3. In the case of anaesthetic consultations and anaesthetic required care such as pain management (outside the domain of the surgeon e.g. PCA, epidural care) in the post-operative patient, this is specifically excluded for in Rule G and may be reported using the same ICD 10 codes as for surgical procedure.

4. Rule G applies to patients admitted to High Care or ICU procedurally. Clearly these patients are more likely to have other co-morbidities and may require multi-disciplinary care within the prescripts of Rule G. In terms of ICU coding:

• Doctors involved need to decide who the Primary medical doctor is. This can be indicated on the ICU chart so that all other doctors involved can communicate with him/her
• A decision needs to be made on the Category of the patient and all involved medical doctors should use the appropriate codes. It would be better for the Category of the patient to also be indicated on the chart by the Primary medical doctor for all to see.
• The correct, appropriate, ICD-10 codes need to be used by all treating doctors and this may need to be changed after admission and hospital administration staff encouraged to update these codes daily.
• When billing:

Only one doctor can code item 1204 and the rest item 0190. Item 1204   should only be used for Category 1 patients. 

+ Category 2 patients, where the Primary medical doctor uses either items 1205, 1206 or 1207 – all other medical doctors can only use item 0109. 

One should only use code item 1210 when a patient is a category 3 or a category 2 with multi-organ failure and on subsequent days. On the first day the Primary medical doctor uses item 1208 and all supporting doctors’ use item 1209. In other words one can use item 1210 if the Primary medical doctor is also using item 1210.

*** Please note that the specialist of another discipline must obtain specific authorisation for the hospital service and cannot simply ride on the specific specialist for e.g. Orthopaedic procedural authorisation.

Many Schemes now insist on separate authorisation per clinical and medical necessity for co-attending multi-disciplinary team; physiotherapist, dietician, OT, specialised radiology all require separate PAR.

The global fee as appearing in the CPT (Current Procedural Terminology) is defined as:

CPT Global Surgical Package Definition

Services provided by the surgeon to any patient by their very nature are variable. The CPT codes that represent a readily identifiable surgical procedure thereby include, on a procedure-by-procedure basis, a variety of services. In defining the specific services "included" in a given CPT surgical code, the following services are always included in addition to the operation per se:

• local infiltration, metacarpal/metatarsal/digital block or topical anaesthesia;

• subsequent to the decision for surgery, one related E/M encounter on the date immediately prior to or on the date of procedure (including history and physical);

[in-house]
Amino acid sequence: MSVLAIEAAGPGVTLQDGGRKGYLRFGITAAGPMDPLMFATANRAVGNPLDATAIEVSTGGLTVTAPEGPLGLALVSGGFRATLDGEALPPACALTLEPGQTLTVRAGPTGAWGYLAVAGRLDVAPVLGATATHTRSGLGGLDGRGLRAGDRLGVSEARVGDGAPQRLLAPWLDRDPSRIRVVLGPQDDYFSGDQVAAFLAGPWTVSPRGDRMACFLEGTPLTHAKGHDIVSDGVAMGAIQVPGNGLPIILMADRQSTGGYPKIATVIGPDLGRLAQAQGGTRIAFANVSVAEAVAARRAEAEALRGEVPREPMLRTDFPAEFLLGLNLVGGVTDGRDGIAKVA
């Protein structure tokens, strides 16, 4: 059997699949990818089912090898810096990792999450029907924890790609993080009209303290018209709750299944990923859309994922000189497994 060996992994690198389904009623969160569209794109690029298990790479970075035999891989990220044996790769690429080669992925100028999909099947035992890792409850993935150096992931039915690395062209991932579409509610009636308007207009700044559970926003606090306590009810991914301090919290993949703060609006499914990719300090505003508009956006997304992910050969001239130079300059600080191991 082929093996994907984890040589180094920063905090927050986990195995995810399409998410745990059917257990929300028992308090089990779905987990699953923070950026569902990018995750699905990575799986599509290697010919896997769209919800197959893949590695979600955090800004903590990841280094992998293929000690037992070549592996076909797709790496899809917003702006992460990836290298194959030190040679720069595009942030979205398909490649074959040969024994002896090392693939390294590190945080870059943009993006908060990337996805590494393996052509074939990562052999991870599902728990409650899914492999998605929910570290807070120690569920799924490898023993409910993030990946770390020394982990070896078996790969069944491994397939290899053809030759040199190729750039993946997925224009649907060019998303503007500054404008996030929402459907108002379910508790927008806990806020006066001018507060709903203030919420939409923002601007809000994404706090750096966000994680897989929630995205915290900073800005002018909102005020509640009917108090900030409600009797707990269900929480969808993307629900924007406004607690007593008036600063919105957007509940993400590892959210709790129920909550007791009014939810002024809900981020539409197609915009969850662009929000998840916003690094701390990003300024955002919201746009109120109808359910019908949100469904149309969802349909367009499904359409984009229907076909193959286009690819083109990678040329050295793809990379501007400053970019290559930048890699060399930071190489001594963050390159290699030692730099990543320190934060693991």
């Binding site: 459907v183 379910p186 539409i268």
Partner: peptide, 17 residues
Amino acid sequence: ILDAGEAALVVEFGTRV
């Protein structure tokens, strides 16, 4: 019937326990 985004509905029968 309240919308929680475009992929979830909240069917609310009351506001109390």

• immediate postoperative care, including making operative notes, talking to family and other surgeons, writing orders;

• immediate postoperative care, including making operative notes, talking to family and other surgeons, writing orders;

• typical postoperative follow-up care.

• dressing changes, local incisional care

• removal of operative packs, sutures, staples, lines, wires, tubes, drains, casts and splints

• insertion, removal and irrigation of urinary catheters

• routine peripheral intravenous lines and nasogastric and rectal tubes

• changes and removal of tracheostomy tubes.

Follow-up Care for Diagnostic Procedures includes only care related to recovery from the diagnostic procedure itself (e.g. endoscopy). Care of the condition for which the diagnostic procedure was performed or other concomitant conditions not included & may be listed separately.

Follow-up Care for Therapeutic Surgical Procedures includes only that care which is usually a part of the surgical service and is included for a specified number of days referred to as the global period. Complications, exacerbations, recurrence, or the presence of other diseases or injuries requiring additional services should be separately reported, specifically identified by unique ICD codes and specific modifiers.

If the complication requires the patient return to theatre, these services will be paid separately from the global surgery allocation. The theatre or operating room includes cardiac catheterisation suite, radiological interventional suite and endoscopy suite. It does not include the patient room, minor treatment room, recovery room or ICU (unless the patient’s condition was so critical that there would be insufficient time or logistic reasons precluding transportation to an operating room).

Conclusion:

Again, what is of extreme importance is that, where a multi-disciplinary approach is being followed, each doctor should code in primary position the ICD-10 code(s) that describes his/her role in the treatment of the patient, without giving the funder the idea that there was a duplication of services or that more than one doctor is treating the patient for the same condition.

Should you have any coding queries you can contact us on: coding@samedical.org

The South African Medical Association - Postal Address-The South African Medical Association P O Box 74789,Lynnwood Ridge Pretoria 0040, South Africa Physical address The South African Medical Association, Block F Castle Walk Corporate Park Nossob Street Erasmuskloof Ext3 Pretoria 0181,
South Africa www.samedical.org